not actually remembering that—
the only place she could go
for as long as she wanted. It
might have been the same
night she stretched
and yawned and pulled
down the blinds and woke up
on a Monday twenty-six
Maybe because the mass of old trees
was not visible from the house
The only signs of life
flourished in the modest flower
of my imagination
The old house run-down and peeling
stirred uncomfortably like a restless bird
in the heat-exhausted sky
The minutes shut in their concentration
the table returning
to tree with my profuse admiration
Most of the melody would go
in the height of that stumbled-across summer
All the wrong shoes and sandals
the accepted offer of a ride
the abandoned furniture
Not even a fan or photographs
on the table to overcome my embarrassment
The hurts came
at night one after the other
not just along with the crazy mail
which did no harm
when the season changed
And we drank the evening lying
in that solitude united
by the full length of our denials
because unlike the tears
when the pilgrims reached their destination
afterwards the house opened inside
Heavy clouds sail low through the raging battle
in that ancient place sighted from the hills.
Time parcelling old fires
carries what remains of the disputed order.
The seasons sit pure in their extremes.
Variations of folded nights,
object and image transporting significance—
nothing will pass through the darkening radiance
Too late to uncrumple the world of silences,
shifts of discord,
the quiet lies waving at a distance.
In the morning burning sands will reveal
the imagined diminishing surface of water.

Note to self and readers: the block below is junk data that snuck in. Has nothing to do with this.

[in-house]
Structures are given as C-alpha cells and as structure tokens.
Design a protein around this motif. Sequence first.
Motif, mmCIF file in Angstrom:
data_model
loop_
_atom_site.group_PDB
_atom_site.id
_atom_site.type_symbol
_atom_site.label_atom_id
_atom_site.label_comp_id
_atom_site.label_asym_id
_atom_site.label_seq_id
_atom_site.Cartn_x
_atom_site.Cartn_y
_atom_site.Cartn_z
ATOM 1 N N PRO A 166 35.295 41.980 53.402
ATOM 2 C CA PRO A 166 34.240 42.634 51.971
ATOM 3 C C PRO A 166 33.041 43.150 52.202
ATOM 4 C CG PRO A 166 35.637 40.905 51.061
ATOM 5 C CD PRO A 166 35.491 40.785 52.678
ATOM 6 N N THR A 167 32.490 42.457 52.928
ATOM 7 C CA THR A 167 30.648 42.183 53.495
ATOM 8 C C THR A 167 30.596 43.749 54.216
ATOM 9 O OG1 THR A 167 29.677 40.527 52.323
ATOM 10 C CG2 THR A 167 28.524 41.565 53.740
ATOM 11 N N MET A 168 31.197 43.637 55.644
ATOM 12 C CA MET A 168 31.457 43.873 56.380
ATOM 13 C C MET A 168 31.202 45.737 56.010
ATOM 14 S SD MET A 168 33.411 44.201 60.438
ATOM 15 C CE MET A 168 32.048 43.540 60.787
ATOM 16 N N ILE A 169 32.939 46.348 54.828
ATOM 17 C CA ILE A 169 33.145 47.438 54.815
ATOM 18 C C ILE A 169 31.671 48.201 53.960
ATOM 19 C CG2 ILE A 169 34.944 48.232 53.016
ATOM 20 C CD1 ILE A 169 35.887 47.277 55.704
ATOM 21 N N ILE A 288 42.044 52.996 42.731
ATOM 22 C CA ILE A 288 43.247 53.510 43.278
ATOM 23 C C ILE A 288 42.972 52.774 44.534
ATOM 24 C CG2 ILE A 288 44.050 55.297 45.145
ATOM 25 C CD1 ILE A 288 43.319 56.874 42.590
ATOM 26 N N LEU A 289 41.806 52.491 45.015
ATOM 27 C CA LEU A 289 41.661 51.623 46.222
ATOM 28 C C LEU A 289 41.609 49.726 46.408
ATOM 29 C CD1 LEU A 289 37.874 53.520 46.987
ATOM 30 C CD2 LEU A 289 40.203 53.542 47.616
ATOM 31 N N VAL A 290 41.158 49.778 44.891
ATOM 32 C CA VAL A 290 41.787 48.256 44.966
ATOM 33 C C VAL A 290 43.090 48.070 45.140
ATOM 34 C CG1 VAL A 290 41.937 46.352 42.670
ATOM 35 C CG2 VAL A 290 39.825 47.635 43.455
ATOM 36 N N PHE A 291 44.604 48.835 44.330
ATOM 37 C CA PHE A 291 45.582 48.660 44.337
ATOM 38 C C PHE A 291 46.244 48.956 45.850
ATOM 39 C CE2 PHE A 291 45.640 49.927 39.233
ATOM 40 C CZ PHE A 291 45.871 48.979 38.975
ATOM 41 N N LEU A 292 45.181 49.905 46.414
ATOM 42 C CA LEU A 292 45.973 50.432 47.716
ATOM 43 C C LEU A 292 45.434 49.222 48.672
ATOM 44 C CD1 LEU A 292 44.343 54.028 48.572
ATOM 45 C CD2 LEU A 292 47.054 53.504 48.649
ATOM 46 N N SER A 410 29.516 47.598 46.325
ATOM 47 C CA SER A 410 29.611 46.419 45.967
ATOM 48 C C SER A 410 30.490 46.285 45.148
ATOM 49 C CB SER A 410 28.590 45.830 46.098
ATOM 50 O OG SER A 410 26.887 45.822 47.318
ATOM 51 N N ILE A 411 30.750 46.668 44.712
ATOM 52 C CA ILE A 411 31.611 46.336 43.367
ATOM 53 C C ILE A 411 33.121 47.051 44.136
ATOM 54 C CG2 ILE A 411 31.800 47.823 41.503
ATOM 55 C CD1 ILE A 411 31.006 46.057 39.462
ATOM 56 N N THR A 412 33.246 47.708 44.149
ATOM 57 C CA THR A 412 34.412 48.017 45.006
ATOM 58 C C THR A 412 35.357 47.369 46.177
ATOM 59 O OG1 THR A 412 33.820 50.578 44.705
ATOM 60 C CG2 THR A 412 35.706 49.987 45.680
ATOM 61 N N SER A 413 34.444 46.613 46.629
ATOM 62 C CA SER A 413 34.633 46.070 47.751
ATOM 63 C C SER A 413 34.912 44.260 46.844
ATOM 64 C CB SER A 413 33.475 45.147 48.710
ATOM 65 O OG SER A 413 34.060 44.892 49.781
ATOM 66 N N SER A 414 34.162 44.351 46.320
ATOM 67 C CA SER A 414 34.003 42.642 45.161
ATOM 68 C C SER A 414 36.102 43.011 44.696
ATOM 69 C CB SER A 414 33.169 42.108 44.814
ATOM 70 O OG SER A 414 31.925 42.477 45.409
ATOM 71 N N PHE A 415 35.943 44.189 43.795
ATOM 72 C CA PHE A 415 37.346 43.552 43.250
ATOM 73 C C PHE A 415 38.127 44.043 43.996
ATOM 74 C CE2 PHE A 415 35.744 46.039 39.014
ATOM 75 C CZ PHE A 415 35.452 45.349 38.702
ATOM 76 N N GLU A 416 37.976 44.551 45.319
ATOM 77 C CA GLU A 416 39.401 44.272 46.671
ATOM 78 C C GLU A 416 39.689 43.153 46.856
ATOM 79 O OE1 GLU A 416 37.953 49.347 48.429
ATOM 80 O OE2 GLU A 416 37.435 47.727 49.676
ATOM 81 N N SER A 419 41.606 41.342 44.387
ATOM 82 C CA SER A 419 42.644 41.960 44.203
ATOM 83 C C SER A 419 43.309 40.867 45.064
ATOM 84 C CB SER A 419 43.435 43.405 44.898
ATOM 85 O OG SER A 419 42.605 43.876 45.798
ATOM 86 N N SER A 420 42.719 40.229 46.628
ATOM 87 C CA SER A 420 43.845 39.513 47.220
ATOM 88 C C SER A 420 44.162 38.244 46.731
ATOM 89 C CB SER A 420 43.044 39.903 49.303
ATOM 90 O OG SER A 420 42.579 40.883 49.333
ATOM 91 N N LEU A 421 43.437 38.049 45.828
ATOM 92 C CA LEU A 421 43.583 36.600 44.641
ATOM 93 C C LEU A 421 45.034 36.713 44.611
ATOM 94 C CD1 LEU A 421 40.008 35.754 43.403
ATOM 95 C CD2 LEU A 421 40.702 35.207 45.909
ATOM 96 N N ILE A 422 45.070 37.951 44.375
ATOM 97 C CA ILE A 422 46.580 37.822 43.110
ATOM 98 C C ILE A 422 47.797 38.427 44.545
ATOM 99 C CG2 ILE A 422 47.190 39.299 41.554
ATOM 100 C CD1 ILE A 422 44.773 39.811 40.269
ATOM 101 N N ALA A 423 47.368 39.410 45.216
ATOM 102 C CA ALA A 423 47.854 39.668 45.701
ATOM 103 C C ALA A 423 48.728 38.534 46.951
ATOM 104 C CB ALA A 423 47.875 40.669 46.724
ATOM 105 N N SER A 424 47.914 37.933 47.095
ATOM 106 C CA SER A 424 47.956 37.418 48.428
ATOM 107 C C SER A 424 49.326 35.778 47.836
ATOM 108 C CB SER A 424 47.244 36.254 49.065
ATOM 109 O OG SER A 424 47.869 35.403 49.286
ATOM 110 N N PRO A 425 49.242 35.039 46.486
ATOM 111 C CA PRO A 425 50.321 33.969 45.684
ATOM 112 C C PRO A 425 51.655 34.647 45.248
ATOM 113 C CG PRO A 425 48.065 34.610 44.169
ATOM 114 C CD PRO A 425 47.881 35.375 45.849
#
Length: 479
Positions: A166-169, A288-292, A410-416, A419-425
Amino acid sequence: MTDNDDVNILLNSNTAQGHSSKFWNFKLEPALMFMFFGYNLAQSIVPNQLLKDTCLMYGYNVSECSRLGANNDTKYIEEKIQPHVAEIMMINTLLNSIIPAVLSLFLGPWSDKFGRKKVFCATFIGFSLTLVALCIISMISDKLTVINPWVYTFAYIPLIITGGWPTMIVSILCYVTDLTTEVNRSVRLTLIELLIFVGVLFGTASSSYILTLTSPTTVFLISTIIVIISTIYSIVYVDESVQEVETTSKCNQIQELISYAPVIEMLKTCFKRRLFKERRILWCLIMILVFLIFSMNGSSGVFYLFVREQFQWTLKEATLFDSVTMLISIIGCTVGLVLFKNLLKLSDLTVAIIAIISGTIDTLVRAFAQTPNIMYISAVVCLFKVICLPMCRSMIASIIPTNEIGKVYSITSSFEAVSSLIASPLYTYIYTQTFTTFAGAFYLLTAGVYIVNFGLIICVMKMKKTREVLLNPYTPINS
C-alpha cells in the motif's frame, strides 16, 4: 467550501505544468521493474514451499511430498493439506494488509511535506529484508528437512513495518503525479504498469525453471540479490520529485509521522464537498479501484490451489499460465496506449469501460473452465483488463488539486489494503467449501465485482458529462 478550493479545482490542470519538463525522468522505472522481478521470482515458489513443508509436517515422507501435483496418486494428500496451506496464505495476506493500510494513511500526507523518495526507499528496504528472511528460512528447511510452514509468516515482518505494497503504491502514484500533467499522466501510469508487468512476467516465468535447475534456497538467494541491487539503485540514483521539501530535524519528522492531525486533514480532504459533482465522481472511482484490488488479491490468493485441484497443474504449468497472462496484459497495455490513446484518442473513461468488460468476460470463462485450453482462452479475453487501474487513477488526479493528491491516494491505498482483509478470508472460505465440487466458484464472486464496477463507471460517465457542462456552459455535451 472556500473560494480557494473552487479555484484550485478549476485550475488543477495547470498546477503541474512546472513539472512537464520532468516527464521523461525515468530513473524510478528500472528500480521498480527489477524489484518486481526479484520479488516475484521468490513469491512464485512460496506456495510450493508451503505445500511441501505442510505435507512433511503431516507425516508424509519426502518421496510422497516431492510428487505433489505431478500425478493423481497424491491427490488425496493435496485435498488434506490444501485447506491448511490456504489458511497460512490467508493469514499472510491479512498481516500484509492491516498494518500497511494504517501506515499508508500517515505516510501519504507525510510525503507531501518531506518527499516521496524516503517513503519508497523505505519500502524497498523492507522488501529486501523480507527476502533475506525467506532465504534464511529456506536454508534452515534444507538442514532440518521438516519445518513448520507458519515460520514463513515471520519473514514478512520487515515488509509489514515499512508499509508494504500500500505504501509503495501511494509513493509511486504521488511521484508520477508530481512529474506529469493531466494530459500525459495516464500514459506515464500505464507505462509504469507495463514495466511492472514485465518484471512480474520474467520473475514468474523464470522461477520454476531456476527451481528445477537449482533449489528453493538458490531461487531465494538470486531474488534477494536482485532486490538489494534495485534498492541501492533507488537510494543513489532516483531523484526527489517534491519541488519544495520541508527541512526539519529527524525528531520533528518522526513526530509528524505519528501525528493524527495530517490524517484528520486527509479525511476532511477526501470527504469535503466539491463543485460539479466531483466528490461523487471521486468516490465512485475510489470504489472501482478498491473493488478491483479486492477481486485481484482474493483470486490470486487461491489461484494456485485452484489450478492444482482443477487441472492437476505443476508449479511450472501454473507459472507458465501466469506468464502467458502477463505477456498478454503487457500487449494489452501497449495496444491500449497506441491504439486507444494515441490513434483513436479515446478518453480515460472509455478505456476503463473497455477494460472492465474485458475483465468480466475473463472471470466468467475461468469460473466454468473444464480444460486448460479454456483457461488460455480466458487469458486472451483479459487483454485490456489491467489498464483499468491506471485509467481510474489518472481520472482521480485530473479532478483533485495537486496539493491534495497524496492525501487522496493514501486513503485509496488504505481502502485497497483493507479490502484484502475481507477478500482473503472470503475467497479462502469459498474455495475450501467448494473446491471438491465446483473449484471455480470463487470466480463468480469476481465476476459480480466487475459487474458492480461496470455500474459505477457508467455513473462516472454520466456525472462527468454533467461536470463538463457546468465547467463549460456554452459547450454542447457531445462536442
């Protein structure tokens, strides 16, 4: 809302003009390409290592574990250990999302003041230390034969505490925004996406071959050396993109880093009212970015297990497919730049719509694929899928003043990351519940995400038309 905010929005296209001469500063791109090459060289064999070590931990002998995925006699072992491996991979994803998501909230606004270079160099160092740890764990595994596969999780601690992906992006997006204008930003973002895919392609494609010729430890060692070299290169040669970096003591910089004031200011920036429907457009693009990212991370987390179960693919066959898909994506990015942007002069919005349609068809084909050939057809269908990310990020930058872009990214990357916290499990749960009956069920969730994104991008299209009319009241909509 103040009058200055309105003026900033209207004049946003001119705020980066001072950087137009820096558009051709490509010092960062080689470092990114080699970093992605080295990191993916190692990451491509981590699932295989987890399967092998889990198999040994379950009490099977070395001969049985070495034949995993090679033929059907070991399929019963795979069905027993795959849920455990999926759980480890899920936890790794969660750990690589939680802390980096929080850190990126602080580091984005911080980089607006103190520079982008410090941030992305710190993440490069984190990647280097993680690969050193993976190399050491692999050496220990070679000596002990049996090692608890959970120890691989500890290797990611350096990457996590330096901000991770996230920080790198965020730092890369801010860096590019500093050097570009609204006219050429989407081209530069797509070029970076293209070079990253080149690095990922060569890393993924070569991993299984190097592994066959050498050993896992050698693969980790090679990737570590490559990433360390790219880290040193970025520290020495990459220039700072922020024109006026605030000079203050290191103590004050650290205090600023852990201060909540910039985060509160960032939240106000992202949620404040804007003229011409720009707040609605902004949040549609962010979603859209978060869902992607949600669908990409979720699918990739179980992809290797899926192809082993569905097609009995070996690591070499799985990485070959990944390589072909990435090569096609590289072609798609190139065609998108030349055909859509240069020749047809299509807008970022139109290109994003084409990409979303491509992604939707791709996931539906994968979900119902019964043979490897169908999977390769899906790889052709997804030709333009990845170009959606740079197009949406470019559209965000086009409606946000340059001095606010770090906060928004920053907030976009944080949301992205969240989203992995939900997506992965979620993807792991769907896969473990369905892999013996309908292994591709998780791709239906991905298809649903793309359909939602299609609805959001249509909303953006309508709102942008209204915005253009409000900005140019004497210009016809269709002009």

Watch out for the moon.
Expect bad weather.
Fish scales foretell a bad storm.
Moods— like pressure-system winds—
may last for days.
An old backing wind
shapes earth and expected news
as buoyant water hangs unsteady in midair.
Most wisdom never navigates backwards
but moves clockwise on the odd day.
Rivers run regnant with shiver,
skim through squall and inconstant billows,
stay inside the solace of a sudden stir,
seek harbour from the gathering runt.
Every salt-laden tree
can sting cheeks,
like the subtle teasing stress
of touching grasses or green surf.
History is a witch that turned—
stopped and hastened,
Later, it said, not then, not now,
turning the moment over and over.
Here, it offers blare and spill,
a flood of canvas.
The willing that looks like belonging.
The story of someone—
climbing out of a pit,
bare arms and feet clawing into effaced rock,
sliding over probability.
“Two new bright literary lights.... The other bright light in the expat literary firmament is Patria C. Rivera, or “Patty” when she was our colleague at the Economic Information Staff of the National Economic and Development Authority (NEDA) ages ago.…” >>
— Jose Y. Dalisay Jr. The Philippine Star
“Filipino-Canadian poet Patria Rivera of Toronto is a late bloomer: she did not write poetry until the early 1990s, after she was done parenting her brood of four girls — Rani, Kim, Isobel and Jenny. Rivera — Patty to family…” >>
— Jun Medina The Manila Times